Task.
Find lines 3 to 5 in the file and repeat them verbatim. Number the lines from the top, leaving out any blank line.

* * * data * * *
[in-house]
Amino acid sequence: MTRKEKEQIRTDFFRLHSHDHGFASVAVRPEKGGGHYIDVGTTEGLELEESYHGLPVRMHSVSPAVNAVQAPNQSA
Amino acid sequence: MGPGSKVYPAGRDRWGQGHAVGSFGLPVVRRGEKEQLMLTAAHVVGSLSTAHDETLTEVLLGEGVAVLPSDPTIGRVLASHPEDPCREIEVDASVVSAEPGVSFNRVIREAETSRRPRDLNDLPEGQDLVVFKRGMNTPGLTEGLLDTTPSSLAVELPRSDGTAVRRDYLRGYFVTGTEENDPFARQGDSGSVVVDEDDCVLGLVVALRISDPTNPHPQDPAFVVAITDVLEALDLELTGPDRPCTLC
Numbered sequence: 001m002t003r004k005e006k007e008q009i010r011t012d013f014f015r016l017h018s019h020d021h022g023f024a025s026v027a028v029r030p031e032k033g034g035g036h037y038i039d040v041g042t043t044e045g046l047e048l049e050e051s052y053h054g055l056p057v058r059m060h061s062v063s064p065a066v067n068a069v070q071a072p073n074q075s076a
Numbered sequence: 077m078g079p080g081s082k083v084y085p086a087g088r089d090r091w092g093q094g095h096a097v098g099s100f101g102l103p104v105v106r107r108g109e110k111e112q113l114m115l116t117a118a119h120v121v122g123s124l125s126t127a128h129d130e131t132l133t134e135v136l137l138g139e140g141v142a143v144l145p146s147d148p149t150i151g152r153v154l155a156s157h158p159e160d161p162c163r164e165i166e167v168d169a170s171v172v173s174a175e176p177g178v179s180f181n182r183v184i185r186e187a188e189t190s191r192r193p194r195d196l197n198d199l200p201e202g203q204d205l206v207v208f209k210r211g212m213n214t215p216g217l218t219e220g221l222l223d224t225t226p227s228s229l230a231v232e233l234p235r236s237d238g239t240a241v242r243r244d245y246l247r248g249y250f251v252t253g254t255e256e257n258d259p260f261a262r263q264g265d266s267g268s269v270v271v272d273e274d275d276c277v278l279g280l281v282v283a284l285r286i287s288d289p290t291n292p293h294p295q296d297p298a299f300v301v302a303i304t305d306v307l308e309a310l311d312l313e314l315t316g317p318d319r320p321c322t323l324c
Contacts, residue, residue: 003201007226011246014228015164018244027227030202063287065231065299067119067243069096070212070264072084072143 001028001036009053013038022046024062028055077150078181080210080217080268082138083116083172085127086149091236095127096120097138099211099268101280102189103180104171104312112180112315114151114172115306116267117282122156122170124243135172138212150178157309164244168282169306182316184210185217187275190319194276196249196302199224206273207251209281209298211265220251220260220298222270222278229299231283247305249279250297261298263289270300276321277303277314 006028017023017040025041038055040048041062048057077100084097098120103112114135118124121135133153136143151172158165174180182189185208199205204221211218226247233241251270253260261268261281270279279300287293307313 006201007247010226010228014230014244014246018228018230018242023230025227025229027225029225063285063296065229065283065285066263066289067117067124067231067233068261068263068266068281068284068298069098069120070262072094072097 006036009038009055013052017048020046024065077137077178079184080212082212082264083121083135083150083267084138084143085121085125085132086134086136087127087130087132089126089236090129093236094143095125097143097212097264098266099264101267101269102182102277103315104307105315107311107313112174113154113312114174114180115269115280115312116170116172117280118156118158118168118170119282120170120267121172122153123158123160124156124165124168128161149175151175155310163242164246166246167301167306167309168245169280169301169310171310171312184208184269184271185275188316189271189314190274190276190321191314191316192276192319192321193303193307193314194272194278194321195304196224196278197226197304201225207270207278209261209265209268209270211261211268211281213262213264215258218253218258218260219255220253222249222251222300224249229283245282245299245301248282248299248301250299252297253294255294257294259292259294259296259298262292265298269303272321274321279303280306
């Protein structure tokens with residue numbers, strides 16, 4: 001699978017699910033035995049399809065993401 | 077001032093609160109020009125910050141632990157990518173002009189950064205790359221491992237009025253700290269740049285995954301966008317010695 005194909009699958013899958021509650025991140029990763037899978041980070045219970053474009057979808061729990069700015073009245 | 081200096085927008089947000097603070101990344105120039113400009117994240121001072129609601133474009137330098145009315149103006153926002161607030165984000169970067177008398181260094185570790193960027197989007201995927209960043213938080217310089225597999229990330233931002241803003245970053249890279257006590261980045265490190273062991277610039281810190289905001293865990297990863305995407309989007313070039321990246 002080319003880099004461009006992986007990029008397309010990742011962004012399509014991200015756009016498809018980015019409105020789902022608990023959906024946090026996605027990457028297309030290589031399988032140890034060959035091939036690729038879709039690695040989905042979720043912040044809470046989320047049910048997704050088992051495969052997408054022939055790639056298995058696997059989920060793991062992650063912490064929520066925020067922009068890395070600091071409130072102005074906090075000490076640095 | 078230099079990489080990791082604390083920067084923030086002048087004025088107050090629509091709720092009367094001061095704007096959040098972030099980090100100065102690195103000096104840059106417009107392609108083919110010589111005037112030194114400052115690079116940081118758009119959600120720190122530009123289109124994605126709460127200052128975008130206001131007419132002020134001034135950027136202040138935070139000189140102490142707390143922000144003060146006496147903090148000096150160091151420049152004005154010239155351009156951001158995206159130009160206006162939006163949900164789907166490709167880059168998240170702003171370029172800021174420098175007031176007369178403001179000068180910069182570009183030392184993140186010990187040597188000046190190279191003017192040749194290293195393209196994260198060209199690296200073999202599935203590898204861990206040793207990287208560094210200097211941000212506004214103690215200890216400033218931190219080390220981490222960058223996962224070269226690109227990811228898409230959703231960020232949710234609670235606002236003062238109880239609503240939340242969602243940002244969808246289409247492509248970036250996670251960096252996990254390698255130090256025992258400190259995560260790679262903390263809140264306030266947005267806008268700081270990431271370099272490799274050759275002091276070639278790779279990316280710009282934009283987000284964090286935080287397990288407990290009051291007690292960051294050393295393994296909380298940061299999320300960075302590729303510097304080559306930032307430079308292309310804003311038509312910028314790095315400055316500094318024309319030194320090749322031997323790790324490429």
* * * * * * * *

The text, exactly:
Amino acid sequence: MGPGSKVYPAGRDRWGQGHAVGSFGLPVVRRGEKEQLMLTAAHVVGSLSTAHDETLTEVLLGEGVAVLPSDPTIGRVLASHPEDPCREIEVDASVVSAEPGVSFNRVIREAETSRRPRDLNDLPEGQDLVVFKRGMNTPGLTEGLLDTTPSSLAVELPRSDGTAVRRDYLRGYFVTGTEENDPFARQGDSGSVVVDEDDCVLGLVVALRISDPTNPHPQDPAFVVAITDVLEALDLELTGPDRPCTLC
Numbered sequence: 001m002t003r004k005e006k007e008q009i010r011t012d013f014f015r016l017h018s019h020d021h022g023f024a025s026v027a028v029r030p031e032k033g034g035g036h037y038i039d040v041g042t043t044e045g046l047e048l049e050e051s052y053h054g055l056p057v058r059m060h061s062v063s064p065a066v067n068a069v070q071a072p073n074q075s076a
Numbered sequence: 077m078g079p080g081s082k083v084y085p086a087g088r089d090r091w092g093q094g095h096a097v098g099s100f101g102l103p104v105v106r107r108g109e110k111e112q113l114m115l116t117a118a119h120v121v122g123s124l125s126t127a128h129d130e131t132l133t134e135v136l137l138g139e140g141v142a143v144l145p146s147d148p149t150i151g152r153v154l155a156s157h158p159e160d161p162c163r164e165i166e167v168d169a170s171v172v173s174a175e176p177g178v179s180f181n182r183v184i185r186e187a188e189t190s191r192r193p194r195d196l197n198d199l200p201e202g203q204d205l206v207v208f209k210r211g212m213n214t215p216g217l218t219e220g221l222l223d224t225t226p227s228s229l230a231v232e233l234p235r236s237d238g239t240a241v242r243r244d245y246l247r248g249y250f251v252t253g254t255e256e257n258d259p260f261a262r263q264g265d266s267g268s269v270v271v272d273e274d275d276c277v278l279g280l281v282v283a284l285r286i287s288d289p290t291n292p293h294p295q296d297p298a299f300v301v302a303i304t305d306v307l308e309a310l311d312l313e314l315t316g317p318d319r320p321c322t323l324c